|THE AMAZING SPIDER-MAN No. 18.HU, June 2019|
Guaranteed to take all but the most hard-hearted of Web-head fans on an incredibly disconcerting emotional journey, few long-time buffs of “The Amazing Spider-Man” could arguably have foreseen Nick Spencer’s soul-searching ‘spotlight’ upon the hapless Gibbon providing this comic with such a traumatizing reading experience. Indeed, considering how tongue-in-cheek the villain’s ludicrous first appearance was way back in 1972, this nineteen-page periodical’s tear-jerker of a conclusion proves a real kick to the guts, and undoubtedly provides Martin Blank with just the sort of impactive finale a low-level criminal comic book character could usually only dream about.
For starters, the mutant’s depressingly unhappy life is wonderfully interwoven throughout the wannabe hero’s desperate attempt to escape a literal army of Kraven’s deadly Hunter-Bots in Central Park. Repeatedly shot, stabbed and bludgeoned in the modern day, the rapidly deteriorating 'Ape-Venger' demonstrates an endearing desire to simply be left alone following a childhood haunted by name-calling and brutal bullying. Yet this publication’s entire 52,075 strong audience already know the pitiable pleas of the harmless villain will fall upon all-too deaf ears; “What I want is you mounted and stuffed in my den.”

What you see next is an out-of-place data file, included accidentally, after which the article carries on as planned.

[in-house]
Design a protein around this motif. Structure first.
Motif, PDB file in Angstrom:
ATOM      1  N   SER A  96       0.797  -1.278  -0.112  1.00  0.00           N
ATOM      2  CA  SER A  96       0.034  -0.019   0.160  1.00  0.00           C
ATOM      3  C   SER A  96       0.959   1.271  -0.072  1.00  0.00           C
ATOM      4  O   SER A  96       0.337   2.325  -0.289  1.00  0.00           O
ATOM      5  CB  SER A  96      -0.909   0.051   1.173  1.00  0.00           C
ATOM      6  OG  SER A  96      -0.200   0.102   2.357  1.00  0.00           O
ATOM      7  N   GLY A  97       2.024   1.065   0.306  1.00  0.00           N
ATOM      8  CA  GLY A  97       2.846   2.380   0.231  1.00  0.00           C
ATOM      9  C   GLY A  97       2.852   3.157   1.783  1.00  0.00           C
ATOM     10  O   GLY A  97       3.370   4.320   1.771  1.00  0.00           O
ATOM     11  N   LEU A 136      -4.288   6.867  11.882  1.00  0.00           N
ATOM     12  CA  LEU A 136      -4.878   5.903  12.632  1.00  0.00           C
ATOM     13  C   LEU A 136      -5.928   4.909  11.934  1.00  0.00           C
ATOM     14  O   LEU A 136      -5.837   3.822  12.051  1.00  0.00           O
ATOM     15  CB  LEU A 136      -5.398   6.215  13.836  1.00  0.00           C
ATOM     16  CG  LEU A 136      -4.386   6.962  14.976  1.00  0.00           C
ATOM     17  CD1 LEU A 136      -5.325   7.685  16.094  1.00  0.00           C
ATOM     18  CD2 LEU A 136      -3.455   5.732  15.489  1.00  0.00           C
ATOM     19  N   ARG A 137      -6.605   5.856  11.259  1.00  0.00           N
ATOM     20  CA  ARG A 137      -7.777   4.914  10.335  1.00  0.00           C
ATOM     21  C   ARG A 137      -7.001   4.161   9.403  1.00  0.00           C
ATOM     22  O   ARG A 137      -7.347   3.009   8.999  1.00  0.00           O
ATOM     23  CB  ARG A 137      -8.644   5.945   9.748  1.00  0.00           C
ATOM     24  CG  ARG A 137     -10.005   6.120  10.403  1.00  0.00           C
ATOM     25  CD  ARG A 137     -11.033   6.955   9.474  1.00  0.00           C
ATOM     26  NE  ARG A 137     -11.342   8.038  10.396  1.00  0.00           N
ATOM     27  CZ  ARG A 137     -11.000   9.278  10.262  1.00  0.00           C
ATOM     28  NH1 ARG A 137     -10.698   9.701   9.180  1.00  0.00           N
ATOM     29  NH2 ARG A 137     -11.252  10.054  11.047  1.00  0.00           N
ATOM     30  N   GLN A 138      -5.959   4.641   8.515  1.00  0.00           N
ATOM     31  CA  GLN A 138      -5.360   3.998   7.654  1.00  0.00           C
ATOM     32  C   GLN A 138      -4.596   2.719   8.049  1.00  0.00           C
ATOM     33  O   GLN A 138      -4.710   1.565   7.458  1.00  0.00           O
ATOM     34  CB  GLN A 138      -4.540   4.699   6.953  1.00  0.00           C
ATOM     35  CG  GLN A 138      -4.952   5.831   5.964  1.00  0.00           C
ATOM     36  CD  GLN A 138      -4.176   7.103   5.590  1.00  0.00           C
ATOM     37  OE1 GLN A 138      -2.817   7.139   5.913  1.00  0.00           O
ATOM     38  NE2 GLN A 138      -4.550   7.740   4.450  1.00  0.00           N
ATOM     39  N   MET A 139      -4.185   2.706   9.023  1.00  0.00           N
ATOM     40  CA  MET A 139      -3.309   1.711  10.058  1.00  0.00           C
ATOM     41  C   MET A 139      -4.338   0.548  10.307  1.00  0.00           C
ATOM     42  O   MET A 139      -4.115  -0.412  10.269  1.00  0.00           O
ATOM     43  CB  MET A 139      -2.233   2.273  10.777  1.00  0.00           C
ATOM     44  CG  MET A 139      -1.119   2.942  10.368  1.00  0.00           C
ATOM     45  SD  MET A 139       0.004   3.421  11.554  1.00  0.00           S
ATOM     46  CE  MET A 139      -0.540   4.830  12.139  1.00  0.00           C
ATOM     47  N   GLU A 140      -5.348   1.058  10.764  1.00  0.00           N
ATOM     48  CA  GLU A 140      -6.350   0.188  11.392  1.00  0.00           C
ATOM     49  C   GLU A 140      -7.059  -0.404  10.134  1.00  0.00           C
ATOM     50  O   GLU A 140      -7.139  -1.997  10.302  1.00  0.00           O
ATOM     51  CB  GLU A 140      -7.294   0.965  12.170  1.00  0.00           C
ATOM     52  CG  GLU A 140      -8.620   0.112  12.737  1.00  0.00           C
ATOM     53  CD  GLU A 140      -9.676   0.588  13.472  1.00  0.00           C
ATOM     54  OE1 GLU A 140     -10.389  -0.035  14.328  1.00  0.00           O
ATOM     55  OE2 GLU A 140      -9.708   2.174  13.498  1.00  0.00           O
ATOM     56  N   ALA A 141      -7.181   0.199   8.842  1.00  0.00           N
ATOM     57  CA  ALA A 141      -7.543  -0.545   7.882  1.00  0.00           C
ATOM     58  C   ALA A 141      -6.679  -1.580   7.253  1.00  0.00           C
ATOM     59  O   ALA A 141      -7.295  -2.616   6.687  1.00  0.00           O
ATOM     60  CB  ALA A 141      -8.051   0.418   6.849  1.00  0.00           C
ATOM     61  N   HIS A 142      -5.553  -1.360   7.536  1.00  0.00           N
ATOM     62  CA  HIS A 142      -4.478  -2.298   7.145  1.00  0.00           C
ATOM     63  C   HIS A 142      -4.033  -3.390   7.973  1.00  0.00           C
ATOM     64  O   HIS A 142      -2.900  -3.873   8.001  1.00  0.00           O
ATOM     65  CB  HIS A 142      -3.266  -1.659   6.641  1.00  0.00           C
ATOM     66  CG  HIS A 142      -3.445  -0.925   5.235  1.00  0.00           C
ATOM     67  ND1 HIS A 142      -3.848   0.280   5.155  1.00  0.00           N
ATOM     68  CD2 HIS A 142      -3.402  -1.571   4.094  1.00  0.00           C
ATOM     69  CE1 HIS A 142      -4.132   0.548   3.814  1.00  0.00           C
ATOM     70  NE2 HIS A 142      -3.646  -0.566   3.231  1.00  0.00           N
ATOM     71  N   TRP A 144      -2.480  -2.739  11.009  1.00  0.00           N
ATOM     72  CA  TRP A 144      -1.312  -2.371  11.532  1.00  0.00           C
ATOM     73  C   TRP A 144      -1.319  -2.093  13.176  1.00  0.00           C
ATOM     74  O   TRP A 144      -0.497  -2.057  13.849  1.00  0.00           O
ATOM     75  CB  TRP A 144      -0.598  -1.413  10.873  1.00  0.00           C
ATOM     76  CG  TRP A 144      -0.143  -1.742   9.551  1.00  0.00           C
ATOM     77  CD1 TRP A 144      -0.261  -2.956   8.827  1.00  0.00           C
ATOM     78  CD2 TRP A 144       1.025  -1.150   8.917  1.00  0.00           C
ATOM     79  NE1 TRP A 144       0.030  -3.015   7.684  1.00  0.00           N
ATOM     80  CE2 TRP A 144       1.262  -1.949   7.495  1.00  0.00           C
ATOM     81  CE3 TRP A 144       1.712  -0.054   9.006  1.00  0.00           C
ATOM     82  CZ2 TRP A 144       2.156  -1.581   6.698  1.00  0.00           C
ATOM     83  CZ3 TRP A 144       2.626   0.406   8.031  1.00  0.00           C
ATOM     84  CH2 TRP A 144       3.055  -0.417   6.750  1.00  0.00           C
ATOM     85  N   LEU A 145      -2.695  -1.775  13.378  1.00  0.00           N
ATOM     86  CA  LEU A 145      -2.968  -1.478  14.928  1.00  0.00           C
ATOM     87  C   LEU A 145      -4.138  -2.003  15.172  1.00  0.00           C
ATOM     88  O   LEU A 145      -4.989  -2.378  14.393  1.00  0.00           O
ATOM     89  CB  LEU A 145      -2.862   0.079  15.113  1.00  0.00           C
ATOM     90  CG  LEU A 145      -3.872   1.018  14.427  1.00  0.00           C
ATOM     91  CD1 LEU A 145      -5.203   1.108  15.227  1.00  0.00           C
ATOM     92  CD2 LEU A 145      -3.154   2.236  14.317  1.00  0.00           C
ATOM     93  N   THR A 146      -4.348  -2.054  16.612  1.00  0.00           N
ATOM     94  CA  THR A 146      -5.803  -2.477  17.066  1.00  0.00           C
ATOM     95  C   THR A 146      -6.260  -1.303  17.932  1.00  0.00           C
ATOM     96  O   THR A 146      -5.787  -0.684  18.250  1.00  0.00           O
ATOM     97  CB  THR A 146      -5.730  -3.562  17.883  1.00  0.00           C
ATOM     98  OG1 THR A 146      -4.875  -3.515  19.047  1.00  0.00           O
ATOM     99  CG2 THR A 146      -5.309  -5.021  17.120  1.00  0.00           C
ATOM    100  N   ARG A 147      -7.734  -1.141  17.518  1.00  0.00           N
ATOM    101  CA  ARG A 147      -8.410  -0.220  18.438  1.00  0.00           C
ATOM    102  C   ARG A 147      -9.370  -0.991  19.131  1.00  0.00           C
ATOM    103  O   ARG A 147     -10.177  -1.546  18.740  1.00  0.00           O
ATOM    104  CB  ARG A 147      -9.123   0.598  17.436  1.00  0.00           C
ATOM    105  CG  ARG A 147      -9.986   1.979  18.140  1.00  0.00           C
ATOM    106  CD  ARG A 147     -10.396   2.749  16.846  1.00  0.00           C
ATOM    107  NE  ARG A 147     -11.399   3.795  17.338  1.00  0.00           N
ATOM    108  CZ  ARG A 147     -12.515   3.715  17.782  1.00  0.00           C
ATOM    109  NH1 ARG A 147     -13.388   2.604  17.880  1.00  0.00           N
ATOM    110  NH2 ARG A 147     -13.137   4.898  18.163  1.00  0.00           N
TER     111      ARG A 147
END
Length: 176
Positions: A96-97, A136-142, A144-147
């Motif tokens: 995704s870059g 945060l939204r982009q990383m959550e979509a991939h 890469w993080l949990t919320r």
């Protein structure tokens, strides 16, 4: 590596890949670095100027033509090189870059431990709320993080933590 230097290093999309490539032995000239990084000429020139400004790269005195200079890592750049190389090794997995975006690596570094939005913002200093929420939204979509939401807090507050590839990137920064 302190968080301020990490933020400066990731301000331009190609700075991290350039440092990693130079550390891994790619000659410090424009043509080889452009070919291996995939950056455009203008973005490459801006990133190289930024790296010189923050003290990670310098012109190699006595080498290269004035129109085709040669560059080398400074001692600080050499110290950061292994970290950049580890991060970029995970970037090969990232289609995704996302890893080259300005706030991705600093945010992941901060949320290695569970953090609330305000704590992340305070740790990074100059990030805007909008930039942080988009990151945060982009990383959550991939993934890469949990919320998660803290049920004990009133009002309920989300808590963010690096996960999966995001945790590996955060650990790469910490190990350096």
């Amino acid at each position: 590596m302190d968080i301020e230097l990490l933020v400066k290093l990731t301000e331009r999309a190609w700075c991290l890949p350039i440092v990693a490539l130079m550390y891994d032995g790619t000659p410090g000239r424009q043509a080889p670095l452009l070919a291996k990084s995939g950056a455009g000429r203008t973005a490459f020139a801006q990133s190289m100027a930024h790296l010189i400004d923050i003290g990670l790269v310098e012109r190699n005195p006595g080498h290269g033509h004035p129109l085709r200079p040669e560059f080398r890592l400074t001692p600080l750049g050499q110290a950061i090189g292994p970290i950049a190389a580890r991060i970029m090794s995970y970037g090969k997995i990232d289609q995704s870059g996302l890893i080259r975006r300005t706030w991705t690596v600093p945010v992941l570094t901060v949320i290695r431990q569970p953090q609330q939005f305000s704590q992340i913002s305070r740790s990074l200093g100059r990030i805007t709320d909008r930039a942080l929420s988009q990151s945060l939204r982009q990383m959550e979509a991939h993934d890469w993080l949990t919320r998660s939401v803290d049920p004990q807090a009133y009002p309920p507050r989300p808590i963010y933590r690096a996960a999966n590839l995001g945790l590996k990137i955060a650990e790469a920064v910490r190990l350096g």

Of course, the America author still grants both the Gibbon, and in turn any semi-compassionate bibliophile, a modicum of hope that the brutally beaten former member of the Legion Of Losers won’t end up being fatally scalped, by having the rampaging Rhino run straight through Marty’s numerous pursuers just as his demise seems certain. The mutilated man’s seemingly successful last gasp flight for freedom, coupled with the memories of his happy partnership alongside Grizzly and marriage to Princess Python, momentarily even indicates that a happy ending to this comic might possibly be on the cards.
However, this hope soon comes crashing down around Blank’s head, when his ailing strength finally fails him whilst hiding in a tree and he is subsequently shot by a Hunter-Bot who supposedly does it as an act of kindness. Mortally wounded, and unable to even talk because of his physical trauma, the Gibbon’s sad passing in the lap of Spider-Man is unbelievably moving, and undoubtedly must have made his new-found admirers yearn for a far more agreeably happy outcome to this special edition of Spencer’s “Hunted” story-arc.